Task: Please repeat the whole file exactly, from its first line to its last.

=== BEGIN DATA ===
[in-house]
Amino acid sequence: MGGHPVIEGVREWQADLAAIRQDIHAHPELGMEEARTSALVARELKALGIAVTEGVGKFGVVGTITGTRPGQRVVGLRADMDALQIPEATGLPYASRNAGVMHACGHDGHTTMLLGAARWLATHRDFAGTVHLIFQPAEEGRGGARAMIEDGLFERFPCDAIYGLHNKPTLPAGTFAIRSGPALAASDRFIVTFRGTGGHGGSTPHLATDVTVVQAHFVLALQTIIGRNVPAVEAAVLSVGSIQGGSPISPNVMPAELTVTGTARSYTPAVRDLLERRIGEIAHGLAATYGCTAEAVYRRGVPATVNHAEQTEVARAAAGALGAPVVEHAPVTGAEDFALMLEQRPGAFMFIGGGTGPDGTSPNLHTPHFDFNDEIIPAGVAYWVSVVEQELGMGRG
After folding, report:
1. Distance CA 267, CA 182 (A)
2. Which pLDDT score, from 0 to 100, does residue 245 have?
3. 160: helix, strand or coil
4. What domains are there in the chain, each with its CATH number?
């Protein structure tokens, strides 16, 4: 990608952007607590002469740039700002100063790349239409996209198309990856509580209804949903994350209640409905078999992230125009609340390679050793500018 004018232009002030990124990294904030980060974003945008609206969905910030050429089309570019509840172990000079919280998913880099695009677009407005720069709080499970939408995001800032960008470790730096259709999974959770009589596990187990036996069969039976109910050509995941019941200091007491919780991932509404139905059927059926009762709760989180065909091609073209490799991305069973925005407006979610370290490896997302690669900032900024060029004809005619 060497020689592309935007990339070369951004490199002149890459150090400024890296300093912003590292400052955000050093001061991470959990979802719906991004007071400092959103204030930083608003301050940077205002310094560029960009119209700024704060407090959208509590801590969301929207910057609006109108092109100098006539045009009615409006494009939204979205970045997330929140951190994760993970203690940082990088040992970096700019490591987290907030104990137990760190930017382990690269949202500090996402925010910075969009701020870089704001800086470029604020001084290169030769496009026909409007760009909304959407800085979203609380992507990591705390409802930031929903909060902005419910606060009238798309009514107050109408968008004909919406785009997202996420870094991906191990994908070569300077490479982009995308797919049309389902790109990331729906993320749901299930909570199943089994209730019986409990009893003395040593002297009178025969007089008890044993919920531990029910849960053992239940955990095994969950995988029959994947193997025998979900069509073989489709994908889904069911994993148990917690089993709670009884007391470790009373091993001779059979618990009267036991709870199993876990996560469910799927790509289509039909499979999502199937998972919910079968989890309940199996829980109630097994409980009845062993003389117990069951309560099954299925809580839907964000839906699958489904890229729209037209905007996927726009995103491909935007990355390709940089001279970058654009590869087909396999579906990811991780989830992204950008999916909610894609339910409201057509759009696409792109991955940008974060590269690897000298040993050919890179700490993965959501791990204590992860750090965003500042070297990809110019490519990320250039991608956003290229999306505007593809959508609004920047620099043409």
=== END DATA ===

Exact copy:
[in-house]
Amino acid sequence: MGGHPVIEGVREWQADLAAIRQDIHAHPELGMEEARTSALVARELKALGIAVTEGVGKFGVVGTITGTRPGQRVVGLRADMDALQIPEATGLPYASRNAGVMHACGHDGHTTMLLGAARWLATHRDFAGTVHLIFQPAEEGRGGARAMIEDGLFERFPCDAIYGLHNKPTLPAGTFAIRSGPALAASDRFIVTFRGTGGHGGSTPHLATDVTVVQAHFVLALQTIIGRNVPAVEAAVLSVGSIQGGSPISPNVMPAELTVTGTARSYTPAVRDLLERRIGEIAHGLAATYGCTAEAVYRRGVPATVNHAEQTEVARAAAGALGAPVVEHAPVTGAEDFALMLEQRPGAFMFIGGGTGPDGTSPNLHTPHFDFNDEIIPAGVAYWVSVVEQELGMGRG
After folding, report:
1. Distance CA 267, CA 182 (A)
2. Which pLDDT score, from 0 to 100, does residue 245 have?
3. 160: helix, strand or coil
4. What domains are there in the chain, each with its CATH number?
């Protein structure tokens, strides 16, 4: 990608952007607590002469740039700002100063790349239409996209198309990856509580209804949903994350209640409905078999992230125009609340390679050793500018 004018232009002030990124990294904030980060974003945008609206969905910030050429089309570019509840172990000079919280998913880099695009677009407005720069709080499970939408995001800032960008470790730096259709999974959770009589596990187990036996069969039976109910050509995941019941200091007491919780991932509404139905059927059926009762709760989180065909091609073209490799991305069973925005407006979610370290490896997302690669900032900024060029004809005619 060497020689592309935007990339070369951004490199002149890459150090400024890296300093912003590292400052955000050093001061991470959990979802719906991004007071400092959103204030930083608003301050940077205002310094560029960009119209700024704060407090959208509590801590969301929207910057609006109108092109100098006539045009009615409006494009939204979205970045997330929140951190994760993970203690940082990088040992970096700019490591987290907030104990137990760190930017382990690269949202500090996402925010910075969009701020870089704001800086470029604020001084290169030769496009026909409007760009909304959407800085979203609380992507990591705390409802930031929903909060902005419910606060009238798309009514107050109408968008004909919406785009997202996420870094991906191990994908070569300077490479982009995308797919049309389902790109990331729906993320749901299930909570199943089994209730019986409990009893003395040593002297009178025969007089008890044993919920531990029910849960053992239940955990095994969950995988029959994947193997025998979900069509073989489709994908889904069911994993148990917690089993709670009884007391470790009373091993001779059979618990009267036991709870199993876990996560469910799927790509289509039909499979999502199937998972919910079968989890309940199996829980109630097994409980009845062993003389117990069951309560099954299925809580839907964000839906699958489904890229729209037209905007996927726009995103491909935007990355390709940089001279970058654009590869087909396999579906990811991780989830992204950008999916909610894609339910409201057509759009696409792109991955940008974060590269690897000298040993050919890179700490993965959501791990204590992860750090965003500042070297990809110019490519990320250039991608956003290229999306505007593809959508609004920047620099043409």